All Marylanders deserve the right to quality affordable and accessible health care. Even before the Affordable Care Act, Maryland successfully expanded access to affordable health care to hundreds of thousands of its citizens.
It’s time to push toward a single payer system that provides health care for all. It is essential for fairness, equity and so that more Marylanders have the long-term security that they deserve.
With a Congress that’s especially dysfunctional about health care, states across the country will be called on to implement new and innovative solution to lower health care costs and expand access. That includes creating a contingency fund to ensure that children in Maryland have health care if the federal government does not fund CHIP. And, we may need a statewide mandate to replace what the Republican-controlled Congress removed from its Tax Bill.
In Maryland, the health care sector is innovating every day. It’s time to convene a state-wide commission – including doctors, nurses, hospitals and patients – to find workable solutions for more quality and affordable health care for all Marylanders. We need to reward preventative care services that lower costs and create a healthier population. We need to work with schools to ensure that children are being cared for and develop healthy habits.
Healthcare is a big driver of both the federal and Maryland’s budgets. These budgets – and, our lives – depend on high quality care. And what we are doing isn’t working for many people.
Currently, the United States spends more than twice per capita on healthcare than any other nation in the world and yet with regards to healthcare quality on a population level, we rank well below many developed, Western nations on basic health metrics.
Today, about 400,000 Marylanders are uninsured or underinsured. While uninsured, many are getting the most expensive health care in emergency rooms after ambulance rides. The cost of providing uncompensated care is paid by the rest of the population by increased health insurance premiums. To meet the need, it has become apparent to thinking people that universal health insurance coverage, perhaps in the form of Medicaid for All on the state level, is morally correct and fiscally responsible.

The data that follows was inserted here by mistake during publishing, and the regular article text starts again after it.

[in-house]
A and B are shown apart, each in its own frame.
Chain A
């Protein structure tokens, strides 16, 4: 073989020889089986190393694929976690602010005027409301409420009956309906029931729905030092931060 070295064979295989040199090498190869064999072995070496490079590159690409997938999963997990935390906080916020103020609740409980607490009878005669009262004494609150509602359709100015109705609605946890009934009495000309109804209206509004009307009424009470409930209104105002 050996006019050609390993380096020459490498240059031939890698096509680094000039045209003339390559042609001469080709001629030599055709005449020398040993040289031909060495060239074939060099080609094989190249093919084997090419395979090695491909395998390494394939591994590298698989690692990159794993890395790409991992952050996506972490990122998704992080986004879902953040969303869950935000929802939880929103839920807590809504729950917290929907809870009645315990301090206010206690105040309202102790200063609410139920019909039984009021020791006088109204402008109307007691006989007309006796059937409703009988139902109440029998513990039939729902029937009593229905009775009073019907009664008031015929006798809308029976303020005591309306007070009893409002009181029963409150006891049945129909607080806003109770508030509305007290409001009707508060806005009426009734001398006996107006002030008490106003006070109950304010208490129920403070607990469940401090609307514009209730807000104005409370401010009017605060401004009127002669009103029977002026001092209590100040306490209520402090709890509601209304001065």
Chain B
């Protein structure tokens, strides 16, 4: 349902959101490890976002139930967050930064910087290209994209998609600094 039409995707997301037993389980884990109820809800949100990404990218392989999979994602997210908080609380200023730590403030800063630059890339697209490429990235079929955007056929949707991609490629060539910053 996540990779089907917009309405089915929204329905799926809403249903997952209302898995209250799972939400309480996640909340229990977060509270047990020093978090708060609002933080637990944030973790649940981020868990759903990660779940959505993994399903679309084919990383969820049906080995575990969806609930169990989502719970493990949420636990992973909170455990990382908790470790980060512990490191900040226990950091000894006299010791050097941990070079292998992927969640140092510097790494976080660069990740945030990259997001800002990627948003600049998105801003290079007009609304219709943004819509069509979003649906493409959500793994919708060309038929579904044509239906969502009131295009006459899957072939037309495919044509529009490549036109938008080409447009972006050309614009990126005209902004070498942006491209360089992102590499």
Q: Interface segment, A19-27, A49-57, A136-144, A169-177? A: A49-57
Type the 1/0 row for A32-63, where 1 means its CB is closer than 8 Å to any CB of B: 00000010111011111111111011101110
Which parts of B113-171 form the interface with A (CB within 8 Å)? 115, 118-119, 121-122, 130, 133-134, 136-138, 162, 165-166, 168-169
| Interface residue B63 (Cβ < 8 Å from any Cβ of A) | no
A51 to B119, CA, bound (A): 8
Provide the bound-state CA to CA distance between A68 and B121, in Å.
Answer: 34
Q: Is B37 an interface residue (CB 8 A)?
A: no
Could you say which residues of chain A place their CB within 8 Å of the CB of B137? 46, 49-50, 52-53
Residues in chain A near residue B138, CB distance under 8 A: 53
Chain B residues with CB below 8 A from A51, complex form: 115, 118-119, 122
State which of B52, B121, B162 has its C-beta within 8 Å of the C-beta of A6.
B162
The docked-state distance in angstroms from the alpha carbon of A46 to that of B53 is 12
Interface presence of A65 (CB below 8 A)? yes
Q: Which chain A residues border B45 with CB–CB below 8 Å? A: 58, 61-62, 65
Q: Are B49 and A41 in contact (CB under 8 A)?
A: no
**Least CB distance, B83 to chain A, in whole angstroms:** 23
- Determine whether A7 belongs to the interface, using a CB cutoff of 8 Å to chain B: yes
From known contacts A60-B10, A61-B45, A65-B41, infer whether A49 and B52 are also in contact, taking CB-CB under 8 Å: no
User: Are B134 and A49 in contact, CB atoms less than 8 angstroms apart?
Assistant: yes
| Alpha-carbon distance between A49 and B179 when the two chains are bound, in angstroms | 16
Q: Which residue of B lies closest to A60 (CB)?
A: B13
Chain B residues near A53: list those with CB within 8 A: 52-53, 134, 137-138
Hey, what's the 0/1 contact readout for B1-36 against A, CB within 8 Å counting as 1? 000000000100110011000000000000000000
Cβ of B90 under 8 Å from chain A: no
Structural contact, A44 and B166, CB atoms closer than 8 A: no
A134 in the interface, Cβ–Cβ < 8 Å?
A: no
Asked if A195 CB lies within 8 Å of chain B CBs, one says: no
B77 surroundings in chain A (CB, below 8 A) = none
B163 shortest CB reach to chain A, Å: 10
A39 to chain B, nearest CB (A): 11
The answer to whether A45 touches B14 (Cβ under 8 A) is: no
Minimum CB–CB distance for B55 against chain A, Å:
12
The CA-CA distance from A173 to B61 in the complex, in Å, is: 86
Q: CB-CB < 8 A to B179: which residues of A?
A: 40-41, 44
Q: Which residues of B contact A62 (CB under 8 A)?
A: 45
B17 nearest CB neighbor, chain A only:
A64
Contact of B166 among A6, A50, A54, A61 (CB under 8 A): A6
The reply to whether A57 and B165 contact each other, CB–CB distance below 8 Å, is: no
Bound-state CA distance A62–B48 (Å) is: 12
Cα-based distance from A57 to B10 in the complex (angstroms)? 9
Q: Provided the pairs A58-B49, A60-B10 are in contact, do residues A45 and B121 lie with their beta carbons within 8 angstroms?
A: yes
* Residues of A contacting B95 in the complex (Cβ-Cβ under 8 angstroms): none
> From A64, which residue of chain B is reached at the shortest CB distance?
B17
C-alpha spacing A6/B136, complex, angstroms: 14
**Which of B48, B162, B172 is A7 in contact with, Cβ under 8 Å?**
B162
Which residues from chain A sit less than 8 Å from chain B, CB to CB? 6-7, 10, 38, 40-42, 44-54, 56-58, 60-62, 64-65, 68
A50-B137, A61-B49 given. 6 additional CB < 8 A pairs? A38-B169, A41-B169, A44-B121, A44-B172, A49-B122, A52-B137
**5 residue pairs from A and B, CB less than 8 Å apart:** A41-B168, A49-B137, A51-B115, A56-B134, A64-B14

For prescriptions, the State should leverage its purchasing power to drive down prescription drug prices for Medicaid beneficiaries and State employees. Reducing prices will benefit all. Maryland has shown its willingness to tame pharmaceutical excesses by passing legislation to control price gouging efforts, starting last October. Now is the time to build on this success and take further action to drive down drug prices affecting Medicare recipients.
On the delivery side, Maryland can do better providing financial incentives that reward physicians for providing appropriate levels of care. Maryland should extend the Health Services and Cost Review Commission’s All Payer Single Rate Setting authority to all ambulatory and outpatient settings so as to realize the proven cost-saving and disparity-reducing benefits that have been found in the inpatient setting. Standardizing pricing for health care services across all settings of care will introduce transparency, accountability, and affordability for premium-payers and tax-payers.
Maryland will benefit from a Medicaid for All public option healthcare plan that will be provided on a sliding income scale. Individuals making up to 138% of the Federal Poverty Line (FPL) would continue to get coverage at no cost to them. Individuals, for example, who earn up to 300% FPL would be eligible to buy into this public option for perhaps $100 per month which would be more affordable than purchasing a comparable commercial plan in the open market for perhaps $500 per month.
Publicly administrated healthcare plans have been consistently shown to have significantly lower overhead costs (Centers for Medicare and Medicaid Services averages about 3%) than commercial plans (averaging 18%).
Congressional inaction on healthcare reform need not incapacitate Maryland from ensuring that Marylanders continue progressing towards higher value healthcare. We should not be satisfied until every single citizen in Maryland has access to quality and affordable care.